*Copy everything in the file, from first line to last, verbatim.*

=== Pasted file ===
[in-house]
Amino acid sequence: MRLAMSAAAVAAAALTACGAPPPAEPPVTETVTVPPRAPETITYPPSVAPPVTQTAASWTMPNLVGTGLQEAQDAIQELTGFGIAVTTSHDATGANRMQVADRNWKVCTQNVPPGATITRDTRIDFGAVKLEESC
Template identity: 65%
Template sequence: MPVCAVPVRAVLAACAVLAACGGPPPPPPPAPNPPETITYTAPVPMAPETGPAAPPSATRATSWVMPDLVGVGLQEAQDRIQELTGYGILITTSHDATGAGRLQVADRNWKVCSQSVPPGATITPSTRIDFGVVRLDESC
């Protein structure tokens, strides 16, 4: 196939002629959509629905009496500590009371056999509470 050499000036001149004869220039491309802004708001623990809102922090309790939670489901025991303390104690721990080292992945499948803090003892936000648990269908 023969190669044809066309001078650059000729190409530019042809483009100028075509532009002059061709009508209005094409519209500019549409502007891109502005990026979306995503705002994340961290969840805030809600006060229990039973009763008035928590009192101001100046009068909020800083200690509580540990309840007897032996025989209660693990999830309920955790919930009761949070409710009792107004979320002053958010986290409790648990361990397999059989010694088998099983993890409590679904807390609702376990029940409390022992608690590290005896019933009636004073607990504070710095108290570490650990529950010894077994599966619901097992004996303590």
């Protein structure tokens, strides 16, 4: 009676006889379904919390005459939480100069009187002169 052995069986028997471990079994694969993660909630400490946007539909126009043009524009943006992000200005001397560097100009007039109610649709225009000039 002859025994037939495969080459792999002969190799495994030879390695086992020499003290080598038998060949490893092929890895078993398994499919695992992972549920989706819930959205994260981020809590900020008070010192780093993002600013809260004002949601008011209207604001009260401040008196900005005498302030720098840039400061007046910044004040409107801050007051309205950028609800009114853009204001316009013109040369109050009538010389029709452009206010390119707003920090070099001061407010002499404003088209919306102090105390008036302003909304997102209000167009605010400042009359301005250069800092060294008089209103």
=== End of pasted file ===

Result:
[in-house]
Amino acid sequence: MRLAMSAAAVAAAALTACGAPPPAEPPVTETVTVPPRAPETITYPPSVAPPVTQTAASWTMPNLVGTGLQEAQDAIQELTGFGIAVTTSHDATGANRMQVADRNWKVCTQNVPPGATITRDTRIDFGAVKLEESC
Template identity: 65%
Template sequence: MPVCAVPVRAVLAACAVLAACGGPPPPPPPAPNPPETITYTAPVPMAPETGPAAPPSATRATSWVMPDLVGVGLQEAQDRIQELTGYGILITTSHDATGAGRLQVADRNWKVCSQSVPPGATITPSTRIDFGVVRLDESC
């Protein structure tokens, strides 16, 4: 196939002629959509629905009496500590009371056999509470 050499000036001149004869220039491309802004708001623990809102922090309790939670489901025991303390104690721990080292992945499948803090003892936000648990269908 023969190669044809066309001078650059000729190409530019042809483009100028075509532009002059061709009508209005094409519209500019549409502007891109502005990026979306995503705002994340961290969840805030809600006060229990039973009763008035928590009192101001100046009068909020800083200690509580540990309840007897032996025989209660693990999830309920955790919930009761949070409710009792107004979320002053958010986290409790648990361990397999059989010694088998099983993890409590679904807390609702376990029940409390022992608690590290005896019933009636004073607990504070710095108290570490650990529950010894077994599966619901097992004996303590």
């Protein structure tokens, strides 16, 4: 009676006889379904919390005459939480100069009187002169 052995069986028997471990079994694969993660909630400490946007539909126009043009524009943006992000200005001397560097100009007039109610649709225009000039 002859025994037939495969080459792999002969190799495994030879390695086992020499003290080598038998060949490893092929890895078993398994499919695992992972549920989706819930959205994260981020809590900020008070010192780093993002600013809260004002949601008011209207604001009260401040008196900005005498302030720098840039400061007046910044004040409107801050007051309205950028609800009114853009204001316009013109040369109050009538010389029709452009206010390119707003920090070099001061407010002499404003088209919306102090105390008036302003909304997102209000167009605010400042009359301005250069800092060294008089209103």